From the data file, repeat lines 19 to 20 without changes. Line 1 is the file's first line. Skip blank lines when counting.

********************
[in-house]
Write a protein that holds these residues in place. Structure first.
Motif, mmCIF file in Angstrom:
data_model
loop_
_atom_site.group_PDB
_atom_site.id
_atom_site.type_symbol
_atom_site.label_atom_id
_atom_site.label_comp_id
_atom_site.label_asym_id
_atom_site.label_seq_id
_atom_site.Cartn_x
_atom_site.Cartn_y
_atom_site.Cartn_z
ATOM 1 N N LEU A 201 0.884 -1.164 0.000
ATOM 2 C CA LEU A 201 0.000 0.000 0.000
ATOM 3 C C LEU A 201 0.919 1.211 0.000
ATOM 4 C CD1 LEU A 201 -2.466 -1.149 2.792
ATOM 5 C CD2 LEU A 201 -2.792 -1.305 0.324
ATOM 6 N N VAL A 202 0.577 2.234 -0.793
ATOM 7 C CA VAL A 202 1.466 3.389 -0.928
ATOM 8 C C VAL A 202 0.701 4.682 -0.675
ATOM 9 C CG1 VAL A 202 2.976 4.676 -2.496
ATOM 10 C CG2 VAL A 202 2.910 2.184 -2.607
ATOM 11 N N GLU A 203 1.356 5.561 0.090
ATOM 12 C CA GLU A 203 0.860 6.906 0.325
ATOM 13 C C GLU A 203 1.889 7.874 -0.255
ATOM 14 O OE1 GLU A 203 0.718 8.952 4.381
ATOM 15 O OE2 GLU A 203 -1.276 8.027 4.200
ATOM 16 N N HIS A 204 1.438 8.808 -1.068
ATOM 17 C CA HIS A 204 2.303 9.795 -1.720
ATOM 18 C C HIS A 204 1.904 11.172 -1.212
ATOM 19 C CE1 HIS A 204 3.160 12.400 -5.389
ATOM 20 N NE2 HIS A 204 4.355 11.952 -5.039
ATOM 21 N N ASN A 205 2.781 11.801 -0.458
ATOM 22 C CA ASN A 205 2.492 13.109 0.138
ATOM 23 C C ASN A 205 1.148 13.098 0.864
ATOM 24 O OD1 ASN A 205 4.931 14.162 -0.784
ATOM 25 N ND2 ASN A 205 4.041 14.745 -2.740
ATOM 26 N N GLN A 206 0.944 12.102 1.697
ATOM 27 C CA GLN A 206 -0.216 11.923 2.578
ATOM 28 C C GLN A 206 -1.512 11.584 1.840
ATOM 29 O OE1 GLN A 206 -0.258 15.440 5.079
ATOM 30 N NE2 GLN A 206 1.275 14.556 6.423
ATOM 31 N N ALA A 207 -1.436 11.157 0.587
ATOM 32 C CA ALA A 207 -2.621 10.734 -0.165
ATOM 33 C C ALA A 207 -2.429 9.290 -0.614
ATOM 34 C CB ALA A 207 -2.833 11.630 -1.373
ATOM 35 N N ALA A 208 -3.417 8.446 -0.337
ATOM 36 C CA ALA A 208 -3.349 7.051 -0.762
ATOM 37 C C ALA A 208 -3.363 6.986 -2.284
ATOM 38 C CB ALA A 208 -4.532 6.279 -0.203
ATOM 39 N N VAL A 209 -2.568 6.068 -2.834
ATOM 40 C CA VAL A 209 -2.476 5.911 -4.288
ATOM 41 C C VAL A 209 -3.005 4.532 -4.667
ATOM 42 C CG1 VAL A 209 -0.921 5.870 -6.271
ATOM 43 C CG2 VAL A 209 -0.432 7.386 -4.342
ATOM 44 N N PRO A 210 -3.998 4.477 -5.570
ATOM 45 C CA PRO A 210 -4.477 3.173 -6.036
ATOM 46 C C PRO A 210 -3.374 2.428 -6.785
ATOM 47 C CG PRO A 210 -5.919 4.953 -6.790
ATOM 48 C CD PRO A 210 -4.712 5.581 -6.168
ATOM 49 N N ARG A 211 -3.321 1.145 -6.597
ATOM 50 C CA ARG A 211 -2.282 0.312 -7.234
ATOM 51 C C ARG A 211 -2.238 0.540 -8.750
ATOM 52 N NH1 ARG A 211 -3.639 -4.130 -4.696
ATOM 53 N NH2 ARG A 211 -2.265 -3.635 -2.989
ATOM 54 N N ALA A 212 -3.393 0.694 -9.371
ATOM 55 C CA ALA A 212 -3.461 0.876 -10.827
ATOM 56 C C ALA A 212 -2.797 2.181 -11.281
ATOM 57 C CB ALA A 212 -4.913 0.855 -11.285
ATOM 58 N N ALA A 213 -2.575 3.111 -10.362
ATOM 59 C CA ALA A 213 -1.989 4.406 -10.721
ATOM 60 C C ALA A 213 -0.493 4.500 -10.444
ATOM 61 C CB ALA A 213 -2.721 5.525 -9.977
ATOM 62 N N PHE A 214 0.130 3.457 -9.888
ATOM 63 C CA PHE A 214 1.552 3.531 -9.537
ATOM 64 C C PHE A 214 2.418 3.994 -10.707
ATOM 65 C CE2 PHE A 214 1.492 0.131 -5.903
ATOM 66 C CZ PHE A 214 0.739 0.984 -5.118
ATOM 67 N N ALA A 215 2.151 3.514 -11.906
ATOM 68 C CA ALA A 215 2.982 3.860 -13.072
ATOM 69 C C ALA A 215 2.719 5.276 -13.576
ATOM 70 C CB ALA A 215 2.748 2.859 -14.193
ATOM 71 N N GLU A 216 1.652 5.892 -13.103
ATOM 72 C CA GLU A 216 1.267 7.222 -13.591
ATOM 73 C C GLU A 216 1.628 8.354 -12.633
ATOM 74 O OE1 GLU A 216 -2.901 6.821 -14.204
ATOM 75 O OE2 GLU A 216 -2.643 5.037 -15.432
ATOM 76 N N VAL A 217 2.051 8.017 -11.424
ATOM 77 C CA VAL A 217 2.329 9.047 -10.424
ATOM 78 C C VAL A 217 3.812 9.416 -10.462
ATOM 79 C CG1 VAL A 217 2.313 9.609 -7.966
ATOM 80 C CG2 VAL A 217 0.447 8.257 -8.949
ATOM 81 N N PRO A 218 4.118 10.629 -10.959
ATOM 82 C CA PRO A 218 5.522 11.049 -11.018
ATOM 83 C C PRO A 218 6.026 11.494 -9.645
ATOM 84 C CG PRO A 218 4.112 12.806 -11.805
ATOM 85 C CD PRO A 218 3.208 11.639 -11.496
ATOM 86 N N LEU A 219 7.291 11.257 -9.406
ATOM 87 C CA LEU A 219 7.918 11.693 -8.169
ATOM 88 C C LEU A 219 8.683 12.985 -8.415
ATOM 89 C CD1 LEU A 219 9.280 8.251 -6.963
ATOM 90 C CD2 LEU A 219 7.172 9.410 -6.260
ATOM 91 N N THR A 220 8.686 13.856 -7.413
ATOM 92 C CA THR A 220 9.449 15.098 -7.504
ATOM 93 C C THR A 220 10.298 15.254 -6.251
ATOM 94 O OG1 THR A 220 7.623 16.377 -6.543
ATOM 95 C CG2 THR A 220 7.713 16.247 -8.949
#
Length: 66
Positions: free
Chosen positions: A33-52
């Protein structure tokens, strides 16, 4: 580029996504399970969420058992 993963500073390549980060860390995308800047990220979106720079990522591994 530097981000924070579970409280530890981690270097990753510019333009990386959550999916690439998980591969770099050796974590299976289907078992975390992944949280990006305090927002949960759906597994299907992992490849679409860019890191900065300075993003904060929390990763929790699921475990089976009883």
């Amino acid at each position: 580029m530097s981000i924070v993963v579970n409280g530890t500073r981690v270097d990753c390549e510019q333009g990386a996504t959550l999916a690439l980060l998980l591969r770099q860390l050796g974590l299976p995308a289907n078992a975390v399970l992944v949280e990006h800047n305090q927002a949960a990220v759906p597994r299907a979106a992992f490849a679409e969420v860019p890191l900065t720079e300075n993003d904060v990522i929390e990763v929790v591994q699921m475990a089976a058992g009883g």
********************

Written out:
ATOM 4 C CD1 LEU A 201 -2.466 -1.149 2.792
ATOM 5 C CD2 LEU A 201 -2.792 -1.305 0.324